And Father we ask especially for the sick and for those who’ve requested our prayers as represented in our calendar of concern. Father, we pray that by Thy grace Thou wilt answer their prayers and answer our prayers, and in the process glorify Thyself. We are grateful for the promises of the word of God, and we know that Thou art well able to give healing to any who Thy dost wish to heal. And we pray that if it please Thee, that those who’ve requested our prayers may have affirmative answers according to Thy will. Help us to be submissive to Thy will in all of the experiences of life and to remember that at times Thou dost answer our prayers with divine “no’s” and we know that we need those as well as those affirmatives. We pray now Thy blessing upon this meeting. May the things that are said renown to the glory of Lord Jesus Christ, whose we are and whom we desire to serve. We pray in Jesus’ name. Amen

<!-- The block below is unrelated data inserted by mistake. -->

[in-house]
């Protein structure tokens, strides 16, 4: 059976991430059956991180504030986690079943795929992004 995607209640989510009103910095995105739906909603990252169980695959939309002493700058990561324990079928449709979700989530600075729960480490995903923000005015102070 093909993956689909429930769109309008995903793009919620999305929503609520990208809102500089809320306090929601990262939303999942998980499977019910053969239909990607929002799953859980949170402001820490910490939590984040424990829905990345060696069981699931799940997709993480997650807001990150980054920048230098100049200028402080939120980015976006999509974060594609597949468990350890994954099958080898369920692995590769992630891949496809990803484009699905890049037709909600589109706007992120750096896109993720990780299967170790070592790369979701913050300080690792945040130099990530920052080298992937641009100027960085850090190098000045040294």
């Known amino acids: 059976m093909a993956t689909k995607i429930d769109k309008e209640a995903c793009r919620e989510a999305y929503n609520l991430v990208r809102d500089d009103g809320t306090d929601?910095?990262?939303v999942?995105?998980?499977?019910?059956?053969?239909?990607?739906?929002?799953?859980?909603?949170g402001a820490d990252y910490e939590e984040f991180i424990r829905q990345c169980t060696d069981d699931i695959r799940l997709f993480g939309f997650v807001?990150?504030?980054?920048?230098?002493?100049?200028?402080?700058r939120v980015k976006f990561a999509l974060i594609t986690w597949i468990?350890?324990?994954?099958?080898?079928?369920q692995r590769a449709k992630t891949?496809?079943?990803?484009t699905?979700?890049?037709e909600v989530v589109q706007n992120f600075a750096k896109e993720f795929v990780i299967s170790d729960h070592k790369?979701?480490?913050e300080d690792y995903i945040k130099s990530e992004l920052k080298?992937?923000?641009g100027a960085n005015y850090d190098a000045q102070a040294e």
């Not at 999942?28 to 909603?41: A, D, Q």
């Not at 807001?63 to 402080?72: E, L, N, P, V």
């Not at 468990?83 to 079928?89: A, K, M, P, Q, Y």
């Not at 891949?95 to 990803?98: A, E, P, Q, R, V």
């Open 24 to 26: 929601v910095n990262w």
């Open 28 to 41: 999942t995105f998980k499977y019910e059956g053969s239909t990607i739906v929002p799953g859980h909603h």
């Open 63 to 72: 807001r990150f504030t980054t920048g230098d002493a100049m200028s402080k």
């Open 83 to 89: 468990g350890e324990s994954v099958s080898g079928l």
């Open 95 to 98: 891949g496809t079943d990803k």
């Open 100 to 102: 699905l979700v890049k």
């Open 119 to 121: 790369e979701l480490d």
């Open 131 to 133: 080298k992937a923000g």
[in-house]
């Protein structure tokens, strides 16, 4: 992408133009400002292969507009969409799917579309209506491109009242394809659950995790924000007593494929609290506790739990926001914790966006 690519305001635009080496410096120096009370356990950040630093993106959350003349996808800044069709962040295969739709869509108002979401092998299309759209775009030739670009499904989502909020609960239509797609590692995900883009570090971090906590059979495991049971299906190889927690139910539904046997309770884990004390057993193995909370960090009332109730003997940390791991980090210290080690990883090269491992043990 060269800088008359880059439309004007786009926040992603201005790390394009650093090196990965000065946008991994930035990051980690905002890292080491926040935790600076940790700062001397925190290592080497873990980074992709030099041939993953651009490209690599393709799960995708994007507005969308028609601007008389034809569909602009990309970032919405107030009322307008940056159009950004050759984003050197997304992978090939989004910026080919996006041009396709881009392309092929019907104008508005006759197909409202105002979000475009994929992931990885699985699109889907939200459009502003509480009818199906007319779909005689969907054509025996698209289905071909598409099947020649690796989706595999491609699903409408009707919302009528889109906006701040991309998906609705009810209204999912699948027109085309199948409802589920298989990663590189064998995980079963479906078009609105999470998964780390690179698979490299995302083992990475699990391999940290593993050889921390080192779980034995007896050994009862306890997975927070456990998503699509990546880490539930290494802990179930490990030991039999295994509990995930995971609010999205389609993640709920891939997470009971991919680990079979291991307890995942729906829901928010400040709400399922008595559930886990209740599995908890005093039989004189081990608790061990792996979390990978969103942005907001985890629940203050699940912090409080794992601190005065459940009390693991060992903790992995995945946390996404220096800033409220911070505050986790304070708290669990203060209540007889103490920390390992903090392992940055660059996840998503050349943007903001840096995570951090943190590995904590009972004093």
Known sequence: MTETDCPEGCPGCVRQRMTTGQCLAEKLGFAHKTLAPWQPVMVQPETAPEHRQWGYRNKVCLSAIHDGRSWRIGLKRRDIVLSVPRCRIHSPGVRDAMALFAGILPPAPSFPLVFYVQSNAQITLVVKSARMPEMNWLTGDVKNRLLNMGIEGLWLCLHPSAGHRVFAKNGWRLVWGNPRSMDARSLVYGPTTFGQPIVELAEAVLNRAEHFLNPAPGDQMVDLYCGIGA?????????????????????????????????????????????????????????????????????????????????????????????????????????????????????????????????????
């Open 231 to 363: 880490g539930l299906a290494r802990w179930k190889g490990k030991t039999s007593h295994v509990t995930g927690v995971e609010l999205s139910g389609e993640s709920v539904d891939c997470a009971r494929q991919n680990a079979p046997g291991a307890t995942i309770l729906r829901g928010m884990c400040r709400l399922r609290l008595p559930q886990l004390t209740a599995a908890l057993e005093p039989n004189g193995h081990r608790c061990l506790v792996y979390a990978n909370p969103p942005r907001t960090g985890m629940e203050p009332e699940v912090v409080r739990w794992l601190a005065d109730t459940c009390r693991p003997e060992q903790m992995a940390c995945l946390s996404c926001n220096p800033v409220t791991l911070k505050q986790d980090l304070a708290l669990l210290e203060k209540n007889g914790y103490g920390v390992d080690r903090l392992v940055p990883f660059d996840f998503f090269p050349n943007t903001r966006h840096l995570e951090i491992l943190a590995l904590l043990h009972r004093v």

[Message] The subject for today is “The Second Advent of the Messiah”. A fact that we sometimes forget is that the Second Advent of Christ is the historic faith of the church. If you read the Old Testament, and study it carefully you cannot help but see that the Old Testament not only prophecies the first coming of our Lord, but the second coming as well. Look at passages such as Zechariah chapter 14, Jeremiah chapter 23, Isaiah chapter 11, Micah and others, and you’ll find many prophecies that do not refer to the first advent of our Lord, cannot refer to the first advent, must therefore refer to the Second Advent of our Lord.